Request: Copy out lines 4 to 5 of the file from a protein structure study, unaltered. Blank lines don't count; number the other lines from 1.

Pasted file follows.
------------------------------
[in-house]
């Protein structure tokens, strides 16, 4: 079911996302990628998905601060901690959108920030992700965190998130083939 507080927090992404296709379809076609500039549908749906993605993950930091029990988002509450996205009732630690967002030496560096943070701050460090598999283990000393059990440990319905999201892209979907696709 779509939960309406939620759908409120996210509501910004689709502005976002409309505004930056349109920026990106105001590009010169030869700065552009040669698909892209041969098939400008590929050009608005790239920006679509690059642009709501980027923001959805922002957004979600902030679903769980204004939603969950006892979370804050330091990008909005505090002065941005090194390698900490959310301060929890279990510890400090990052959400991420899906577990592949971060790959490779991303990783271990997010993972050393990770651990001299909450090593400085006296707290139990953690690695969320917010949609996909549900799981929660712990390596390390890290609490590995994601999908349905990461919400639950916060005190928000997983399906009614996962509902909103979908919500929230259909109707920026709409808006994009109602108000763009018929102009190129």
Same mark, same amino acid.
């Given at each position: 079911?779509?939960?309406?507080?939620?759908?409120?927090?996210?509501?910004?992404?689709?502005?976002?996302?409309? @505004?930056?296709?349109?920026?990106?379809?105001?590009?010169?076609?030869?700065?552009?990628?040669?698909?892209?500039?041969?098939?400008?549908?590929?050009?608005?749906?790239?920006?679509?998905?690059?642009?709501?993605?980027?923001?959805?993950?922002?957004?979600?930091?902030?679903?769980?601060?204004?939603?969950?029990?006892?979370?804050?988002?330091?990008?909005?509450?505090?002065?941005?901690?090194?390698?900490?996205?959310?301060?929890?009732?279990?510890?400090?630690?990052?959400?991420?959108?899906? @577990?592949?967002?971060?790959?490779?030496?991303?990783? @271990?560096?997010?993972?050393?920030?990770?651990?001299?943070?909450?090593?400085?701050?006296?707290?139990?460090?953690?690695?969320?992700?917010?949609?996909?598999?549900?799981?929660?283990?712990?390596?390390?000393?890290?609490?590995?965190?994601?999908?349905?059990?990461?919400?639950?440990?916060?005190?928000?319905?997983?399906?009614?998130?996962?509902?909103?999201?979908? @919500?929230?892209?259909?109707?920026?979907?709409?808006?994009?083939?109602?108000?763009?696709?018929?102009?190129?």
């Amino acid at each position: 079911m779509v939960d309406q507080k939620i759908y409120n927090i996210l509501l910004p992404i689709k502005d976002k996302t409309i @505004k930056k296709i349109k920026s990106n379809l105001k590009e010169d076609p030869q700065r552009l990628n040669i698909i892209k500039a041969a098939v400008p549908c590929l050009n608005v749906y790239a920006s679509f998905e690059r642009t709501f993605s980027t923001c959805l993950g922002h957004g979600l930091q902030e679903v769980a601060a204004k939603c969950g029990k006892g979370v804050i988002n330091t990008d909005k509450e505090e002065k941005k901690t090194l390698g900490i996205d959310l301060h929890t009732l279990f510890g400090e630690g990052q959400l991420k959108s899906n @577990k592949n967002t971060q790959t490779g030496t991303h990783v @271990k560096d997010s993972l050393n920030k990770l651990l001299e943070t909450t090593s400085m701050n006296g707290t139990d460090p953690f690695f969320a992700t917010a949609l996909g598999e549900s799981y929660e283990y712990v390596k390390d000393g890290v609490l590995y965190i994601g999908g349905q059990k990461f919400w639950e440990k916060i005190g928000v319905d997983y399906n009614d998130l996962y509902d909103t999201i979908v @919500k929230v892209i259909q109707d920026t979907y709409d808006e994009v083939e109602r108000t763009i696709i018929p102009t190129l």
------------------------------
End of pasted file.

């Given at each position: 079911?779509?939960?309406?507080?939620?759908?409120?927090?996210?509501?910004?992404?689709?502005?976002?996302?409309? @505004?930056?296709?349109?920026?990106?379809?105001?590009?010169?076609?030869?700065?552009?990628?040669?698909?892209?500039?041969?098939?400008?549908?590929?050009?608005?749906?790239?920006?679509?998905?690059?642009?709501?993605?980027?923001?959805?993950?922002?957004?979600?930091?902030?679903?769980?601060?204004?939603?969950?029990?006892?979370?804050?988002?330091?990008?909005?509450?505090?002065?941005?901690?090194?390698?900490?996205?959310?301060?929890?009732?279990?510890?400090?630690?990052?959400?991420?959108?899906? @577990?592949?967002?971060?790959?490779?030496?991303?990783? @271990?560096?997010?993972?050393?920030?990770?651990?001299?943070?909450?090593?400085?701050?006296?707290?139990?460090?953690?690695?969320?992700?917010?949609?996909?598999?549900?799981?929660?283990?712990?390596?390390?000393?890290?609490?590995?965190?994601?999908?349905?059990?990461?919400?639950?440990?916060?005190?928000?319905?997983?399906?009614?998130?996962?509902?909103?999201?979908? @919500?929230?892209?259909?109707?920026?979907?709409?808006?994009?083939?109602?108000?763009?696709?018929?102009?190129?």
């Amino acid at each position: 079911m779509v939960d309406q507080k939620i759908y409120n927090i996210l509501l910004p992404i689709k502005d976002k996302t409309i @505004k930056k296709i349109k920026s990106n379809l105001k590009e010169d076609p030869q700065r552009l990628n040669i698909i892209k500039a041969a098939v400008p549908c590929l050009n608005v749906y790239a920006s679509f998905e690059r642009t709501f993605s980027t923001c959805l993950g922002h957004g979600l930091q902030e679903v769980a601060a204004k939603c969950g029990k006892g979370v804050i988002n330091t990008d909005k509450e505090e002065k941005k901690t090194l390698g900490i996205d959310l301060h929890t009732l279990f510890g400090e630690g990052q959400l991420k959108s899906n @577990k592949n967002t971060q790959t490779g030496t991303h990783v @271990k560096d997010s993972l050393n920030k990770l651990l001299e943070t909450t090593s400085m701050n006296g707290t139990d460090p953690f690695f969320a992700t917010a949609l996909g598999e549900s799981y929660e283990y712990v390596k390390d000393g890290v609490l590995y965190i994601g999908g349905q059990k990461f919400w639950e440990k916060i005190g928000v319905d997983y399906n009614d998130l996962y509902d909103t999201i979908v @919500k929230v892209i259909q109707d920026t979907y709409d808006e994009v083939e109602r108000t763009i696709i018929p102009t190129l």